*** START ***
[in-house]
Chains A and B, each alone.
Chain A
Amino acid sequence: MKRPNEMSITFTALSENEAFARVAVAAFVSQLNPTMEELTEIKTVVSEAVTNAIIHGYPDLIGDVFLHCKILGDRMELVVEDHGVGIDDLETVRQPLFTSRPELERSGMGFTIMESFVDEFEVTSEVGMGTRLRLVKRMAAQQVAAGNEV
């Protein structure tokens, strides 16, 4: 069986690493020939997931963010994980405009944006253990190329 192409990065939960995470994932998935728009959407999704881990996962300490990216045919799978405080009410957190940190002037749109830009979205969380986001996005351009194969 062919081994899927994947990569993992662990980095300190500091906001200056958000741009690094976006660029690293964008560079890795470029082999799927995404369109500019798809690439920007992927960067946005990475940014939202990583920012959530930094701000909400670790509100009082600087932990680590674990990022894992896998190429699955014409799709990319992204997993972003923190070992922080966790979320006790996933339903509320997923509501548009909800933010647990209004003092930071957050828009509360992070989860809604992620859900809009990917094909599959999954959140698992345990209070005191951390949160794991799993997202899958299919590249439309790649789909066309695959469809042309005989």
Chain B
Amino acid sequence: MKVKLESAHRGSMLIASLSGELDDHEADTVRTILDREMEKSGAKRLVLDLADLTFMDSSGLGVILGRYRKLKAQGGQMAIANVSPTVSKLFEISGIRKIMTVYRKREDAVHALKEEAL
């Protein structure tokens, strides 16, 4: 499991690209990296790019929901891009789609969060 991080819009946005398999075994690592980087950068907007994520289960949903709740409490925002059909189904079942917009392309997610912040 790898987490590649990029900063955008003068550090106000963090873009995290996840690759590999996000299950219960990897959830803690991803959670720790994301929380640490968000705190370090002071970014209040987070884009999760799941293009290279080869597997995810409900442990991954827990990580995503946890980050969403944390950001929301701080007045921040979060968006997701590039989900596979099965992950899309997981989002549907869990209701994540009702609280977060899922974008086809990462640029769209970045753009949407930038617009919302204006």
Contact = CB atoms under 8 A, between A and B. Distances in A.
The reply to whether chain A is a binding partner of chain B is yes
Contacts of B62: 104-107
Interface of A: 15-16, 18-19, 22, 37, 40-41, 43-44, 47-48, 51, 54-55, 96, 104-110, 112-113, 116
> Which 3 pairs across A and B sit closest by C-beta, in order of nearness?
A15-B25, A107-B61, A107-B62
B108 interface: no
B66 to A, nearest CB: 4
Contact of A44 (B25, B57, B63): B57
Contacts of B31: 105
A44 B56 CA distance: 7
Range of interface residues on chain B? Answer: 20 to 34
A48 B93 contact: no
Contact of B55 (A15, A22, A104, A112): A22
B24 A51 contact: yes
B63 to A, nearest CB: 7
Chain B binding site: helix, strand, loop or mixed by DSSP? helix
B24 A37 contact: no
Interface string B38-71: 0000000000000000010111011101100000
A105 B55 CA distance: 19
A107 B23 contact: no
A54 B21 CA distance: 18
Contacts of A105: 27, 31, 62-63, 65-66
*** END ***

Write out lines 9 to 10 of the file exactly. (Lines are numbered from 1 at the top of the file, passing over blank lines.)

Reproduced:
Contact = CB atoms under 8 A, between A and B. Distances in A.
The reply to whether chain A is a binding partner of chain B is yes